Renowned Guyanese trade unionist Ann Anderson died on Tuesday following a brief period of illness.At the time of her death, Anderson was 51 years and was the General Secretary of the Clerical and Commercial Workers Union (CCWU). She was the first female to hold that position after joining trade unionism in 2005.Ann AndersonUpon her appointment as General Secretary, Anderson had vowed to attract more women into the movement. She wanted to expand the Union’s organisational drive, targeting non-traditional workers and the self-employed including taxi drivers, and grouping them so that they could be represented.A few months shy of one year after her appointment in 2009, Anderson led an exercise that picketed the Pegasus Hotel over management’s “union busting” tactics. At the time, the Hotel had 52 staffers who were represented by the CCWU and Anderson had stated that the owner, Robert Badal, did not want workers of the Hotel unionised.Anderson was also the Caribbean Regional Coordinator of the International Transport Workers Federation (ITF) at the time of her death. Her untimely passing comes as she was to attend the first ITF meeting on March 16, 2018 in Argentina.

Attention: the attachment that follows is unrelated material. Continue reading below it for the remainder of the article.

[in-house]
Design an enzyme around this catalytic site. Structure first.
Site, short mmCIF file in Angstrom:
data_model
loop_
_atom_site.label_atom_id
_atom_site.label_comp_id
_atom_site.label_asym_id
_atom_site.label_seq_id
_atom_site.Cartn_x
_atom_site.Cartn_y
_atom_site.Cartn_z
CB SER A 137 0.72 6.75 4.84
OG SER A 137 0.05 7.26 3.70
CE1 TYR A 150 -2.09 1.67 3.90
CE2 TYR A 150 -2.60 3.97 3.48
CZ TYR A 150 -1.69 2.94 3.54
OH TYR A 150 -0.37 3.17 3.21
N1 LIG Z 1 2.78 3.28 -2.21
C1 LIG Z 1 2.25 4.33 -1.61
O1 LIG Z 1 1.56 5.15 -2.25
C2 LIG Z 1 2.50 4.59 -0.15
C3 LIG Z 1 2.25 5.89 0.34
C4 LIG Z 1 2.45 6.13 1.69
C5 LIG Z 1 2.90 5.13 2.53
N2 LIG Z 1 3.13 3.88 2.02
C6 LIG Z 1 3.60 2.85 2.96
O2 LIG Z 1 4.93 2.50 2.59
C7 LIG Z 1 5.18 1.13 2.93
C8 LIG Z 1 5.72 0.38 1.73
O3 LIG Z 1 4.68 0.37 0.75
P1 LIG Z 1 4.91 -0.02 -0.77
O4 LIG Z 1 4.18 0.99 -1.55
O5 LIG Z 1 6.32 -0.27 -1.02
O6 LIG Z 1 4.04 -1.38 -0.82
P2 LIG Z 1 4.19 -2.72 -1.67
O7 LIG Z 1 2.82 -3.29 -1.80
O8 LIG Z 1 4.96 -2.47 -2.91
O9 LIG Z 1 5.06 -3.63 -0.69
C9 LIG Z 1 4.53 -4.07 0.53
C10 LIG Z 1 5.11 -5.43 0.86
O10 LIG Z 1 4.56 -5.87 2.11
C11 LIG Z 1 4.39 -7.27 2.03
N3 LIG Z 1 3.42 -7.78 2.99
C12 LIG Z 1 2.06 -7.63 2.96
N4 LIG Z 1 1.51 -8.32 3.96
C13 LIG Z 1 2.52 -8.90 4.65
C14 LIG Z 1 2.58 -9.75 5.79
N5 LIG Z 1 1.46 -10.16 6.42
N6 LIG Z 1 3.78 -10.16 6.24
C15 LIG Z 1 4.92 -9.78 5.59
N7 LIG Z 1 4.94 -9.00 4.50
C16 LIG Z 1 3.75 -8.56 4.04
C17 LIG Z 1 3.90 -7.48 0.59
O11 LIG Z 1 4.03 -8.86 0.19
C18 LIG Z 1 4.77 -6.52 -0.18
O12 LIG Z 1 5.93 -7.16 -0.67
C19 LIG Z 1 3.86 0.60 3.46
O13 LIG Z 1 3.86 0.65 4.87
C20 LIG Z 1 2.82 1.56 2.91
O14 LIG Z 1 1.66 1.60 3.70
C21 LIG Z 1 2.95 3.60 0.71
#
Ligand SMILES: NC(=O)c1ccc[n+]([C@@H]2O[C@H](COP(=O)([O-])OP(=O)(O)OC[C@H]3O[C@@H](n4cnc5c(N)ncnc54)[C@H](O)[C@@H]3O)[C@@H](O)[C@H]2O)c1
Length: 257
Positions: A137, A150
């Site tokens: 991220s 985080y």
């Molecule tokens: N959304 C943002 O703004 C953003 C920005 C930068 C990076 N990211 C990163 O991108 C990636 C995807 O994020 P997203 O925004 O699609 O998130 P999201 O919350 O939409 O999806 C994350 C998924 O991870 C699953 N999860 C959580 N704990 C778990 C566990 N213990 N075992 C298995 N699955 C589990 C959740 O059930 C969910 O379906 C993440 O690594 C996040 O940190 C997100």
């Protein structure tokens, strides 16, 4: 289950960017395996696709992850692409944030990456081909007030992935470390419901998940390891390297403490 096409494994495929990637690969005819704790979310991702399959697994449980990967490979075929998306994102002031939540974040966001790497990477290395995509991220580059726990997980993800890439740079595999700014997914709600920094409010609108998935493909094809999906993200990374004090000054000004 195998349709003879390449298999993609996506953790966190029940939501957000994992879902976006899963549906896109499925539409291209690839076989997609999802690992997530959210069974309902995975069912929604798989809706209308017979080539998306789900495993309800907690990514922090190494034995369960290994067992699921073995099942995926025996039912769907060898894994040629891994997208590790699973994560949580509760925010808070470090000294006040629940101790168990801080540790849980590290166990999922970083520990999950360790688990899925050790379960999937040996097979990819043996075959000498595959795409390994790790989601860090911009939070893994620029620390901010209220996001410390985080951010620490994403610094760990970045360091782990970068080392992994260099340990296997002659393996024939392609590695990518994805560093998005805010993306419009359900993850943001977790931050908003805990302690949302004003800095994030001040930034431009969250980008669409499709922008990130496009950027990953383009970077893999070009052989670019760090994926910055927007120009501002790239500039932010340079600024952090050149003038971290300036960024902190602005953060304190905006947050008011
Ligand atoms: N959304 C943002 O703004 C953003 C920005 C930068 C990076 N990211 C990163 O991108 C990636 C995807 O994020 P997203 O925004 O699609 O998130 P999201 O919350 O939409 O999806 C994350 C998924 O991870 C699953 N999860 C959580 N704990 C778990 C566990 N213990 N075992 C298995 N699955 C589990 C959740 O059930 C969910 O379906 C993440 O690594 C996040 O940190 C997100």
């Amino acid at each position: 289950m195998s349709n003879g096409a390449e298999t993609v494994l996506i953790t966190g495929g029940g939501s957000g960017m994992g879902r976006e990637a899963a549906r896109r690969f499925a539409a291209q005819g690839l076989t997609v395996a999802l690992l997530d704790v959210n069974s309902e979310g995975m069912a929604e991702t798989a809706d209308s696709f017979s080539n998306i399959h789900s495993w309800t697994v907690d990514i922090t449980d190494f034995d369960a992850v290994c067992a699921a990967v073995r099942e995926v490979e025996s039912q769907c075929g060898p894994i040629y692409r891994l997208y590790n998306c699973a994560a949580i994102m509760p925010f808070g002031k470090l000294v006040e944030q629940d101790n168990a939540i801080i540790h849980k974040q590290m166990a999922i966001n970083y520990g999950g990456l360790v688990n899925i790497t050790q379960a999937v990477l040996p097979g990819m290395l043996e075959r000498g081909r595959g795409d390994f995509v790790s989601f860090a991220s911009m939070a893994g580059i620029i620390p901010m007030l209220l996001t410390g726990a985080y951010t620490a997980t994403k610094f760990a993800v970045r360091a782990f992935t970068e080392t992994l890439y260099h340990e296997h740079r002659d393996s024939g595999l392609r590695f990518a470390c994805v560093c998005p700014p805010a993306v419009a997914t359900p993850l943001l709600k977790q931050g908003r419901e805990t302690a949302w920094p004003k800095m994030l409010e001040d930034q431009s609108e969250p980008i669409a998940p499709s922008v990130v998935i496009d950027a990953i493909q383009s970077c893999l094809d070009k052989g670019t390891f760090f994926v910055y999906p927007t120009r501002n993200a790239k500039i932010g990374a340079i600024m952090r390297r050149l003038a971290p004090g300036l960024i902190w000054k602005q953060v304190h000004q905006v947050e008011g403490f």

Based on a true story, ‘The Seige of Jadotville’ centers around the capture of Irish U.N. soliders, 11 of which were from Donegal, during the Katanga conflict in Central Africa in 1961.The title role will be played by Jamie Dornan, and early reviews of the film are strong, scoring a massive 9/10 on IMDB.comLaghey native Kevin Brodbin co-wrote the script with Declan Power, whose book titled ‘The Siege at Jadotville: The Irish Army’s Forgotten Battle’ inspired the film. A total of 155 Irish soldiers were deployed to Central Africa, 11 of whom were from Donegal; James Gormley (Ballyshannon), Harry Hegarty, Michael McDermott, the late William George Duffy, the late James Harper, the late Patrick Gildea, Leo Boland, the late Patrick Nicell, the late Seamus O’Kane, the late Sean Kerr, and Robert Bradley.The true story The early 1960s was an unstable period for the region as in 1960 Katanga split off from Patrice Lumumba’s Congolese government, establishing their own under Moise Tshombe.The Seige of Jadotville happened in 1961 during the United Nations intervention in the conflict when a group of Irish soldiers were attacked by Tshombe’s troops while at mass.The Irish soldiers were scantily armed, yet managed to resist the assault for six days, before being forced to surrender after ammunition and other supplies depleted.Comdt. Pat QuinlanThanks to the quick-thinking of Comdt. Pat Quinlan, he made his soldiers dig trenches – keeping them out of harms way.Not one of Comdt. Quinlan’s men perished.The soldiers were held as Prisoners of War for a month, however none were harmed.This was the last instance that Irish and Swedish troops were involved in hostile action for the United Nations Operation in the Congo. 55th anniversaryThe soldiers were honored by Defence Minister Paul Kehoe earlier this month, as September 2016 marks the 55th anniversary of the Seige.The Minister presented a Unit Citation to the men in recognition of their bravery and heroism.A copy of the Citation was presented to each member or next-of-kin of the Unit. This is the first time a Unit Citation has been awarded within the Defence Forces.In marking this unique occasion, Minister Kehoe has also commissioned an insignia recognising the professional performance of the men of “A” company.Minister Kehoe said; “The United Nations Operation in Congo was the first peacekeeping mission in which significant numbers of Irish soldiers took part. A total of 6,000 Irish soldiers served in the Congo from 1960 until 1964 and I want to take the opportunity to recall the contribution of all who served in the various Irish contingents over the course of this long Mission”“Ireland can be justifiably proud of all our brave men and women who have contributed to the cause of peace and security. Our continued participation in United Nations missions illustrates the very positive and practical difference that small countries, like Ireland, can make in the world’s trouble spots.”.New Hollywood film to honour brave Donegal soldiers was last modified: September 25th, 2016 by Elaine McCalligShare this:Click to share on Facebook (Opens in new window)Click to share on Twitter (Opens in new window)Click to share on LinkedIn (Opens in new window)Click to share on Reddit (Opens in new window)Click to share on Pocket (Opens in new window)Click to share on Telegram (Opens in new window)Click to share on WhatsApp (Opens in new window)Click to share on Skype (Opens in new window)Click to print (Opens in new window)Tags:AfricacongodonegalhistoryJamie Dornankatangapat quinlanpeace keepingthe seige of jadotvilleunited nations